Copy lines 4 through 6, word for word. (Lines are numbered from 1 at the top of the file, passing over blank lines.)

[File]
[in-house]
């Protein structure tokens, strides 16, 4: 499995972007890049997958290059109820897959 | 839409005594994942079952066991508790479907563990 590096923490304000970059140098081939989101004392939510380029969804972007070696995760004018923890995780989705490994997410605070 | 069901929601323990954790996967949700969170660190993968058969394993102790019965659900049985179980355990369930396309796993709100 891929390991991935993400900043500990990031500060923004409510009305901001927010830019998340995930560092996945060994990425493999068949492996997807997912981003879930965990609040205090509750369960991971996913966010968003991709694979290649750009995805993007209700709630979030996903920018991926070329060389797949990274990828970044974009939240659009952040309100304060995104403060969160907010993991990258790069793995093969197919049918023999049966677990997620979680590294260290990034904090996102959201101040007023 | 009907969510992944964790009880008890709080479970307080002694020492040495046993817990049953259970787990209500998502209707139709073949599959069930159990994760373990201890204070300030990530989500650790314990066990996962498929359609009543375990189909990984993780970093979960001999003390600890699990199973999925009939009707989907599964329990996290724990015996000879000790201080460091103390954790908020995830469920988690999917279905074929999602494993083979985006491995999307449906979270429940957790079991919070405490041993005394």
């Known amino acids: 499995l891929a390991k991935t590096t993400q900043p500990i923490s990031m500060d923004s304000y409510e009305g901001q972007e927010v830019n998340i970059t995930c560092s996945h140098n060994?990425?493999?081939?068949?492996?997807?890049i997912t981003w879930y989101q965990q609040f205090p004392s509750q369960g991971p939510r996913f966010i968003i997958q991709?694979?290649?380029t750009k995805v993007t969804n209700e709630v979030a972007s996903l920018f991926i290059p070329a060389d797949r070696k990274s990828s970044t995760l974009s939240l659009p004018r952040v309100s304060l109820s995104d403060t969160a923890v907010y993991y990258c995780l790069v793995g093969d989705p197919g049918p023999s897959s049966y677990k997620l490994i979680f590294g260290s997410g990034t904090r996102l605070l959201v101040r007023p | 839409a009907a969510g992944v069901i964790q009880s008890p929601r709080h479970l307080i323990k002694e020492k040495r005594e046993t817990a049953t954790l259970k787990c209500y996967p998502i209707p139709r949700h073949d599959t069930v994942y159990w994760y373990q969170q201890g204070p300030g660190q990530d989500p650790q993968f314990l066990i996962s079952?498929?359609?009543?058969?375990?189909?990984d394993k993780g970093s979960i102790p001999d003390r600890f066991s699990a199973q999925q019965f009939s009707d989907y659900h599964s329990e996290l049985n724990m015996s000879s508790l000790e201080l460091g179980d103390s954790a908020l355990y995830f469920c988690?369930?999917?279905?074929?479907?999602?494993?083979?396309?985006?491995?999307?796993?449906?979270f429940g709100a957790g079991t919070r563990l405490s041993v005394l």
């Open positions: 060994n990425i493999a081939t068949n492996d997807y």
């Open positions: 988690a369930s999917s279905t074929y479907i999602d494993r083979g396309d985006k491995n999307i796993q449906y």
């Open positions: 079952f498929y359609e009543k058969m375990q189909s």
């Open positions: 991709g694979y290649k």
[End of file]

């Open positions: 060994n990425i493999a081939t068949n492996d997807y």
């Open positions: 988690a369930s999917s279905t074929y479907i999602d494993r083979g396309d985006k491995n999307i796993q449906y």
């Open positions: 079952f498929y359609e009543k058969m375990q189909s």